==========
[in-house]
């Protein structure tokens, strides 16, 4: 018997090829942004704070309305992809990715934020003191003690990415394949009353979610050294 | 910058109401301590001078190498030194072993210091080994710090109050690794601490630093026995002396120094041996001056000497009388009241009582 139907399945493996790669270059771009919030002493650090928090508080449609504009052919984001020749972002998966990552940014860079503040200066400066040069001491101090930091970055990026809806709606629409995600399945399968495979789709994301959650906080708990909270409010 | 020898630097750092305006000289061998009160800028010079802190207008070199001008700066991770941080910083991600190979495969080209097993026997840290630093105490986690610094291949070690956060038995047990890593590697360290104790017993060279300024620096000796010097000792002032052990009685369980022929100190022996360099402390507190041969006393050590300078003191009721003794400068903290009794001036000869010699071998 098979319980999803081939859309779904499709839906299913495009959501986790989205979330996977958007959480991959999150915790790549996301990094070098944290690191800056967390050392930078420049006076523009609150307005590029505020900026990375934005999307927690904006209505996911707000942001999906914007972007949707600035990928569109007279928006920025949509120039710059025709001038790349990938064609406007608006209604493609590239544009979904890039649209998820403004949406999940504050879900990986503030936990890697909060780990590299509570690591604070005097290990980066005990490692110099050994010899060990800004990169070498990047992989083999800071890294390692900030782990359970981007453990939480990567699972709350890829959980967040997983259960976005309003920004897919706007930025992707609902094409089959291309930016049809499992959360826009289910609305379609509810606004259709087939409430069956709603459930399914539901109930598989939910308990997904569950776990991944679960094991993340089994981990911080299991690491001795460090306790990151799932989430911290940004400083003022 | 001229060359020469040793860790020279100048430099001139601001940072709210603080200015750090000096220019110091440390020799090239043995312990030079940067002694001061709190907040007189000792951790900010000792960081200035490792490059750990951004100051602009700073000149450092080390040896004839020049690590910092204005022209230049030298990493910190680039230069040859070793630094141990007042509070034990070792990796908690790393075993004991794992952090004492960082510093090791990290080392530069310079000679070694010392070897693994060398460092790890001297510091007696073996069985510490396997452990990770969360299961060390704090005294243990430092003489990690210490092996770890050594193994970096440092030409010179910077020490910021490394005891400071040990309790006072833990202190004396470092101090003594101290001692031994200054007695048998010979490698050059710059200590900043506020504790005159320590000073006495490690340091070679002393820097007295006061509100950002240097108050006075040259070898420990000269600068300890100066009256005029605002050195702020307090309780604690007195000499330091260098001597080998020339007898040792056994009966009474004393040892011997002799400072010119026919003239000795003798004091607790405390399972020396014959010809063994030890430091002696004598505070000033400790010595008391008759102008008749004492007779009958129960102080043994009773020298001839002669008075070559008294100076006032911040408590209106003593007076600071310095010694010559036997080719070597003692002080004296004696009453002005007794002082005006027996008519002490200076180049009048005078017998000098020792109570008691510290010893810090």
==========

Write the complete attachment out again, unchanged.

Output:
[in-house]
């Protein structure tokens, strides 16, 4: 018997090829942004704070309305992809990715934020003191003690990415394949009353979610050294 | 910058109401301590001078190498030194072993210091080994710090109050690794601490630093026995002396120094041996001056000497009388009241009582 139907399945493996790669270059771009919030002493650090928090508080449609504009052919984001020749972002998966990552940014860079503040200066400066040069001491101090930091970055990026809806709606629409995600399945399968495979789709994301959650906080708990909270409010 | 020898630097750092305006000289061998009160800028010079802190207008070199001008700066991770941080910083991600190979495969080209097993026997840290630093105490986690610094291949070690956060038995047990890593590697360290104790017993060279300024620096000796010097000792002032052990009685369980022929100190022996360099402390507190041969006393050590300078003191009721003794400068903290009794001036000869010699071998 098979319980999803081939859309779904499709839906299913495009959501986790989205979330996977958007959480991959999150915790790549996301990094070098944290690191800056967390050392930078420049006076523009609150307005590029505020900026990375934005999307927690904006209505996911707000942001999906914007972007949707600035990928569109007279928006920025949509120039710059025709001038790349990938064609406007608006209604493609590239544009979904890039649209998820403004949406999940504050879900990986503030936990890697909060780990590299509570690591604070005097290990980066005990490692110099050994010899060990800004990169070498990047992989083999800071890294390692900030782990359970981007453990939480990567699972709350890829959980967040997983259960976005309003920004897919706007930025992707609902094409089959291309930016049809499992959360826009289910609305379609509810606004259709087939409430069956709603459930399914539901109930598989939910308990997904569950776990991944679960094991993340089994981990911080299991690491001795460090306790990151799932989430911290940004400083003022 | 001229060359020469040793860790020279100048430099001139601001940072709210603080200015750090000096220019110091440390020799090239043995312990030079940067002694001061709190907040007189000792951790900010000792960081200035490792490059750990951004100051602009700073000149450092080390040896004839020049690590910092204005022209230049030298990493910190680039230069040859070793630094141990007042509070034990070792990796908690790393075993004991794992952090004492960082510093090791990290080392530069310079000679070694010392070897693994060398460092790890001297510091007696073996069985510490396997452990990770969360299961060390704090005294243990430092003489990690210490092996770890050594193994970096440092030409010179910077020490910021490394005891400071040990309790006072833990202190004396470092101090003594101290001692031994200054007695048998010979490698050059710059200590900043506020504790005159320590000073006495490690340091070679002393820097007295006061509100950002240097108050006075040259070898420990000269600068300890100066009256005029605002050195702020307090309780604690007195000499330091260098001597080998020339007898040792056994009966009474004393040892011997002799400072010119026919003239000795003798004091607790405390399972020396014959010809063994030890430091002696004598505070000033400790010595008391008759102008008749004492007779009958129960102080043994009773020298001839002669008075070559008294100076006032911040408590209106003593007076600071310095010694010559036997080719070597003692002080004296004696009453002005007794002082005006027996008519002490200076180049009048005078017998000098020792109570008691510290010893810090």